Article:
(UPDATE: You know how when you walk to breakfast everyone else seems to have a cell phone pressed to his/her head as if there's a gigantic conference call going on and you're not a part of it? Well, I was able to crash the party line for once and learned the Steelers have no current negotiations for contract extensions underway. The team will wait until the end of camp and use the brief window before the start of the season to take another look at extending Ziggy Hood, Ryan Clark and Brett Keisel. At least those are the only names to which I was privy before the team found out I was listening on the other line. Have a nice day.)

How shall I begin this morning? With Mike Tomlin telling one of his scouts that he's "lost his edge"? Or shall we go with John Mitchell thanking the Steelers' offensive linemen for kicking his group's collective butt?

Let's go with Mitch because I've been keeping an eye on the big Polynesians he's trying to coach into nose tackles, and some of it's funny.

And scary. I'm not so sure I'd be man enough to tell these 350-pounders what Mitchell has been telling them, but Alameda Ta'amu, I'm sure, has been hearing worse.

I tweeted the other day that Ta'amu had been activated off the P.U.P. list, and judging some of the comments you would've thought Charles Manson had been let out of jail.

All I can say about Ta'amu's idiotic episode in which he tried to elude cops at a high speed while careening drunk through the over-populated South Side is that he didn't hurt anyone. How he didn't is a miracle, but he didn't. And he's stopped drinking, and has worked so hard at shifting his belly to his chest that he pulled a muscle running sprints a couple of weeks before camp opened.

I'm hoping people can give him a break.

Of course, Mitch isn't. No, the coach is finally getting a chance to work the player, and he's giving Ta'amu the full Mitch between reps.

Not that Mitch is taking it easy on Loni Fangupo. No, the DL coach has been dogging him since the start of camp. Yesterday Mitchell got so tired of saying the same things to Fangupo that he yanked him out of one-on-one drills and replaced him with Ta'amu. And then Mitch did a vice-versa Dosey Doe by yanking Ta'amu and putting Fangupo back in. "A second chance for 92!" said Tomlin from the other side of the drill. And Fangupo did respond by finally using the proper technique with all of that natural strength.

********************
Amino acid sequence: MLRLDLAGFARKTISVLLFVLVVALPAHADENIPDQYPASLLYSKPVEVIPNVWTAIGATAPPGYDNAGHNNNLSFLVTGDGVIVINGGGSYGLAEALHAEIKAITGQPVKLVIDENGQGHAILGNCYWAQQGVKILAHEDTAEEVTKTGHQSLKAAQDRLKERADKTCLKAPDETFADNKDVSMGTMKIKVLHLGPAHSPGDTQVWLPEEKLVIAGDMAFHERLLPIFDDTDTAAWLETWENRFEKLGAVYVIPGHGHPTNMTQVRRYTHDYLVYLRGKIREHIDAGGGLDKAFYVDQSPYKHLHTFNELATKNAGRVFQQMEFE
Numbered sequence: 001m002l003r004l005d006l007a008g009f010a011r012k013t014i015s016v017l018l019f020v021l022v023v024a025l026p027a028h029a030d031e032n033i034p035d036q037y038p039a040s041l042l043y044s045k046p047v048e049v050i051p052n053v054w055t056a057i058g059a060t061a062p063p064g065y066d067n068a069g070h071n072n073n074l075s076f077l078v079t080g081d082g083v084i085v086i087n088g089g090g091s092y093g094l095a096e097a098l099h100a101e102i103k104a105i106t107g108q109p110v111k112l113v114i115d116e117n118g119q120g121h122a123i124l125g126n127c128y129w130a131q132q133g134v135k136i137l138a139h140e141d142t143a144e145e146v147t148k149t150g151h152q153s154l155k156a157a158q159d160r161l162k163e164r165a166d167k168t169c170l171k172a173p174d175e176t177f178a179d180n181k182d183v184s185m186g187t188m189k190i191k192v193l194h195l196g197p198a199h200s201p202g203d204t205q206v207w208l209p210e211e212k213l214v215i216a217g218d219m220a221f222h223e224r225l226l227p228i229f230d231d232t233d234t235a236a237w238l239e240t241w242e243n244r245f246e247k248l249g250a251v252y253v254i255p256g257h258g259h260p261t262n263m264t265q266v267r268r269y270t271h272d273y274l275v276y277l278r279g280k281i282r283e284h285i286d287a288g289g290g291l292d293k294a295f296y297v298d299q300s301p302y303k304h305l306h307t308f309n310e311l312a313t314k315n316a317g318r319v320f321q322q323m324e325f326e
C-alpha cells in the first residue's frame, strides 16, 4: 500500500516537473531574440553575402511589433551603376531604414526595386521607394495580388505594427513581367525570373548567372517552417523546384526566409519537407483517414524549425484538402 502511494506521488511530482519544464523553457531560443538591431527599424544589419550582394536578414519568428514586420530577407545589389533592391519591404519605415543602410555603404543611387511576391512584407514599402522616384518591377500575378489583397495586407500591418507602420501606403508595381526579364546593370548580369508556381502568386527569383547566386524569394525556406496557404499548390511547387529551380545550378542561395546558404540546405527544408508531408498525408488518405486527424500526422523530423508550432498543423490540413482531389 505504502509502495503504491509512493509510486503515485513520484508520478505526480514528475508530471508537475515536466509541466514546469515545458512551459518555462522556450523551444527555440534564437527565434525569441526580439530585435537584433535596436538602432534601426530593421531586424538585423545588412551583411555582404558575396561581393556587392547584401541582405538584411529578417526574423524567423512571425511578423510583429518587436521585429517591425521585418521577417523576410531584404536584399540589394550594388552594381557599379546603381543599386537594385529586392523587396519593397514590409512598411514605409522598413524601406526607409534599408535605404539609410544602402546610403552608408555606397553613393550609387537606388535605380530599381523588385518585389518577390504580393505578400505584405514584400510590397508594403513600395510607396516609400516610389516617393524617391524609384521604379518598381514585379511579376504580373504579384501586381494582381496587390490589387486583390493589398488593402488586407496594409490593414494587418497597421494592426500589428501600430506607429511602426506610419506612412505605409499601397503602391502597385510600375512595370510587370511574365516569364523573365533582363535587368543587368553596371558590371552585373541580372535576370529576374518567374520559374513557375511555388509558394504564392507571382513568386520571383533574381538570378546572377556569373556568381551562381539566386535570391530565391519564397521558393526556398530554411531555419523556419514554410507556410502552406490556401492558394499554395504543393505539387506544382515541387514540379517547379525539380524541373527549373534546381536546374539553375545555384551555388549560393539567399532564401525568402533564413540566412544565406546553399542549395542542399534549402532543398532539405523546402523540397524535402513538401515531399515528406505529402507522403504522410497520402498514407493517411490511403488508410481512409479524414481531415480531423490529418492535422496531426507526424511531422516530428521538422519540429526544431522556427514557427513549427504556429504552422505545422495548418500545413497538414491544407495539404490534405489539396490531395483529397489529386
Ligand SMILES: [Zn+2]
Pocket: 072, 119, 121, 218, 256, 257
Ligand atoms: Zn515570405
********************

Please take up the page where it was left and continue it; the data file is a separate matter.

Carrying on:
After the drill ended, when, really, only Al Woods had properly represented the DL by beating Marcus Gilbert two out of three reps, Mitchell looked over at the white shirts and said, "Way to go O. You beat our ass." Mitch, as he neared the sideline, then said to Steelers pro scouting coordinator Brandon Hunt, "Brandon, get your ass ready to play some defense."

Tomlin's practice-time comment was directed at a scout whom I won't name, but I think the content is valuable to all of us who at one time or another must decide whether to seek out stability, or continue to chase a dream or an ideal.

Anyway, Tomlin walked up to the scout and said, "So you're working out of the office now instead of getting out on the road and looking for players who can make us better?" The scout nodded his head. Tomlin continued: "You get to drive home after work and sit in traffic every night." The scout smiled. Tomlin continued: "You've lost your edge, my man."


I was standing outside the cafeteria waiting for one of the golf carts to bring another batch of unsuspecting interviewees up the hill, and standing five feet from me was Sean Spence, the rehabbing linebacker who was waiting for a cart to take him back to the dorm -- or more likely the training room. But I turned to him and, channeling my inner Max Mercy, said, "Sean, one of these days you're going to make me a great story." Spence only said this:

"I know."


I cleaned it up a bit for publication in the David Paulson piece yesterday, but this was the actual quote from tight ends coach James Daniel when I asked him how the Steelers managed to snag Paulson in the seventh round last year:

"When we pick a guy in the seventh round that means we probably had him rated higher, and somebody else didn't pick him, and we got him wherever we got him we got him where we got him at."


... Fangupo, readers here at got to know him last spring when he talked about, among other things, how his mother warned Loni she would "skin you alive if you have a tattoo. I will cut it off with a burnt knife." Well, Loni (pronounced LOAN-ee), told me another story about growing up in Tonga, when I asked him how he developed his massive calf muscles.